Welcome to the Travel Issue
Emily C. Skaftun
Norwegian American Weekly
As you, dear readers, are holding this paper in your hands or gazing at these pixels, I myself am actually traveling. Hello from Iceland!
Of course, as I write this I am sitting at my desk in our chilly office in Seattle, only thinking about Iceland, about travel. My traveling partners and I have done a lot of planning (mostly them, honestly, thank Odin for them), but there are still details to pin down, cabs to the airport to hire, exchange rates to consider, packing to do (oh god, the packing—what does one need for January in Iceland? By the time you read this I’ll know the answer to that, and will hopefully have been prepared enough).
I love to travel. I’m sure that most of you do too. Going somewhere new is always an adventure, and my husband and I are quite grateful that we’ve made new friends who love it as much as we do. We’ve been to Alaska, the Yucatan, and Cuba with them, so when I saw a suspiciously cheap deal from Icelandair and suggested this trip, they didn’t blink at the thought of a winter trip far to the Iceland—a place we’ve all visited before, separately, during warmer times.
Our trip was during much warmer times, about a week from summer solstice, and the twilighty dark only lingered a couple of hours after the sun went sliding sideways to the horizon. I loved it. Sleep felt optional and the mossy land felt full of magic. This time we’ll begin with about three hours of daylight, gaining to four by the end of the week. We hope to see the Northern Lights, which would be a new experience for me. We hope we don’t freeze, though we’re cautiously optimistic based on the average highs for January (around freezing in Reykjavik—in other words, not worse than Chicago, two of whose winters I survived). We hope to experience some of the “hyggelig” aspects of a Nordic winter. And though we booked the trip before Bárðarbunga started erupting, we’ve since planned to fly over it. Lava!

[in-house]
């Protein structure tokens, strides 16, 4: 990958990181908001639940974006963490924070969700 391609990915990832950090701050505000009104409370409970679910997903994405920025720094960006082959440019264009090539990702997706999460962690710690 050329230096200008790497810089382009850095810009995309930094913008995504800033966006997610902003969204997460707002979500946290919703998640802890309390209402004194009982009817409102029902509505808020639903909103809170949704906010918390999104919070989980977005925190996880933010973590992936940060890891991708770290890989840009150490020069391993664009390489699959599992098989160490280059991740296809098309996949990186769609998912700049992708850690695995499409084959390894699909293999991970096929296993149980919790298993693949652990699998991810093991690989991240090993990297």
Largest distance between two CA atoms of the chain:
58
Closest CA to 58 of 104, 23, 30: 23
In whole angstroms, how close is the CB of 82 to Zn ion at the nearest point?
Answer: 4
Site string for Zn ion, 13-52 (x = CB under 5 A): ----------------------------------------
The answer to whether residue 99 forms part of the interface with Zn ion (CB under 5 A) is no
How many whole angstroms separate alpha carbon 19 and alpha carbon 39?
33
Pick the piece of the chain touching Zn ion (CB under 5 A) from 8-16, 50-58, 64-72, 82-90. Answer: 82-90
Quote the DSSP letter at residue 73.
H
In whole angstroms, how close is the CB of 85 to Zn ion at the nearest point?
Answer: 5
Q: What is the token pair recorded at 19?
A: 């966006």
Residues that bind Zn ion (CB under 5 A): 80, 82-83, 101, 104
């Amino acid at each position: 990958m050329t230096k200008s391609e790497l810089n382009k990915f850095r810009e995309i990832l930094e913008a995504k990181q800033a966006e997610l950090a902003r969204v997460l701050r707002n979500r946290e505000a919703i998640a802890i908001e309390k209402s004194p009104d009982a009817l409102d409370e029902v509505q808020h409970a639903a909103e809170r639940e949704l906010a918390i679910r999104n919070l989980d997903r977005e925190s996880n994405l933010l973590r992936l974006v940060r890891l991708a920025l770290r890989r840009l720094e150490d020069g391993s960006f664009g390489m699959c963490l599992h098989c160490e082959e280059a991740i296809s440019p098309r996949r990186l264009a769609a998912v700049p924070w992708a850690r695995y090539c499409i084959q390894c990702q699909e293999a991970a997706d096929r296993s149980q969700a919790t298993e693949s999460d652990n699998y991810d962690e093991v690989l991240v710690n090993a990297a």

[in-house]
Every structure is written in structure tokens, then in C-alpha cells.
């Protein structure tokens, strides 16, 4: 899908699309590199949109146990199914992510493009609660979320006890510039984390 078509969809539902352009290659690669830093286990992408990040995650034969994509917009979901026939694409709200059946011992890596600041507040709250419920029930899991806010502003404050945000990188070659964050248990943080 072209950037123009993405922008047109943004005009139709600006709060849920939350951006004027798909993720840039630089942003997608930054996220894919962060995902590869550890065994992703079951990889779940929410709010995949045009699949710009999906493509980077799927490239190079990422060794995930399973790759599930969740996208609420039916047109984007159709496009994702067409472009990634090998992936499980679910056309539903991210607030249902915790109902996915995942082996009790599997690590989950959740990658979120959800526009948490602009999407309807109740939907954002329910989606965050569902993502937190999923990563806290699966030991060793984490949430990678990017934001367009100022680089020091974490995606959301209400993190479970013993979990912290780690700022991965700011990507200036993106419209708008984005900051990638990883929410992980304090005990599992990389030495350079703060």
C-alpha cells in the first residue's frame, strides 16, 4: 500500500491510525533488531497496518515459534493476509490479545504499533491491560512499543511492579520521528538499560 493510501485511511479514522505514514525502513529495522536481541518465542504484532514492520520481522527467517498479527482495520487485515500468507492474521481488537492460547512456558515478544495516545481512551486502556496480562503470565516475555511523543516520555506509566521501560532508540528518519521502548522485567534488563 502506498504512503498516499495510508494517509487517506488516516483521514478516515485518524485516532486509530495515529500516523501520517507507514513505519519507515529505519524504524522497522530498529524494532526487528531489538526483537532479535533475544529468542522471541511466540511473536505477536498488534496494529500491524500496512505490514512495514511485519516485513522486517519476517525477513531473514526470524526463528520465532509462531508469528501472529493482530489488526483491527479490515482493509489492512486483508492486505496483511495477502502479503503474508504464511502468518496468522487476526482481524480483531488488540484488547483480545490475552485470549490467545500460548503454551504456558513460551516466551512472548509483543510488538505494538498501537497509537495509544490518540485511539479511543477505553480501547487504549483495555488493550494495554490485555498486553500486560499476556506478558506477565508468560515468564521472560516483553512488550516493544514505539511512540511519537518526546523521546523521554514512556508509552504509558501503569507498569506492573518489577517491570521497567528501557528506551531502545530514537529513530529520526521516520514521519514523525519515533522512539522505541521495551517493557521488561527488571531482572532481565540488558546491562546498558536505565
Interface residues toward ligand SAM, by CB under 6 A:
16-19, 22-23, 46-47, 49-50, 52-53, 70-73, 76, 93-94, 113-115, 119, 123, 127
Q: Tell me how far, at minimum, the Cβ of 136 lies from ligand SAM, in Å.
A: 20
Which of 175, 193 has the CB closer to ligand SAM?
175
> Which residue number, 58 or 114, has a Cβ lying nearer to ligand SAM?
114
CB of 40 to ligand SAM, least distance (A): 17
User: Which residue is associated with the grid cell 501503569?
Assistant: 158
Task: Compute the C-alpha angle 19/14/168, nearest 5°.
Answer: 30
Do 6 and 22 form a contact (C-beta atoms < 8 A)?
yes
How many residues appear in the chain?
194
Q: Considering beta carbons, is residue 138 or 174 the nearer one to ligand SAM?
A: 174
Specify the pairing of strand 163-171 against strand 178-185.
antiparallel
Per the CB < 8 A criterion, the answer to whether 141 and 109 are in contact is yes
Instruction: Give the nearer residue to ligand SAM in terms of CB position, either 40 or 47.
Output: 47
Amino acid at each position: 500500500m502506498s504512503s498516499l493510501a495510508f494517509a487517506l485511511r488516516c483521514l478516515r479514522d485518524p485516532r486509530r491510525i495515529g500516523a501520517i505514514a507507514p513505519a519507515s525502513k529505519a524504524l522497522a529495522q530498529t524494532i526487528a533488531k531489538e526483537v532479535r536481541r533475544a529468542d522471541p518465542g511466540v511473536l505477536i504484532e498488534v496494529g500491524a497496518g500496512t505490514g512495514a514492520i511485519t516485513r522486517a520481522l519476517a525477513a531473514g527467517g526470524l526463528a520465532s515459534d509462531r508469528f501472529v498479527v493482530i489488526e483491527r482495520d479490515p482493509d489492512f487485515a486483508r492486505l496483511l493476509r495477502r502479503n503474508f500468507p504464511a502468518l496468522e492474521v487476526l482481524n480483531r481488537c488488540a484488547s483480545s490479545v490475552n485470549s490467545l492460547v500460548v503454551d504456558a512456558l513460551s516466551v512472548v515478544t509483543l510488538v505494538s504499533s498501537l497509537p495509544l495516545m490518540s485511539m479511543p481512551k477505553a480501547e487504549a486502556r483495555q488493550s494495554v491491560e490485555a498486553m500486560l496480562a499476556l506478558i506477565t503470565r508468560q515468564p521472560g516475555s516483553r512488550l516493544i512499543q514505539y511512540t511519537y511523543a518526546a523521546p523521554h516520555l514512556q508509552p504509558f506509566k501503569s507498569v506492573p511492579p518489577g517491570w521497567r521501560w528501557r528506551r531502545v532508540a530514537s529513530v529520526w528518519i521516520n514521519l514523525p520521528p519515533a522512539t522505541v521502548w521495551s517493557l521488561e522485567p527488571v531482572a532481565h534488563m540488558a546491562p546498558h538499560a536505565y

It was a surprise even to myself that I made the suggestion to return to Iceland. I don’t typically prefer re-visiting a place I’ve seen when there are so many other places I haven’t. But a change of seasons in this case makes it almost a whole new place. A change of company does as well.
But in a sense it doesn’t matter where one goes when traveling. Booking a trip is an act of faith, an investment in the future, and powerful medicine. Knowing we have something to look forward to has certainly improved our outlook these past months. Even fantasizing about a trip can be relaxing.
This issue is all about travel. To Norway, from Norway, and beyond. Virtual travel. Pioneers of travel. Whether you have a trip planned or just like thinking about them, we hope you enjoy it. And if you do go somewhere, send us a postcard! (7301 5th Ave. NE, Suite A, Seattle, WA 98115). Yours doesn’t have to be as weird as mine (but it could be).
This article originally appeared in the Jan. 23, 2014, issue of the Norwegian American Weekly.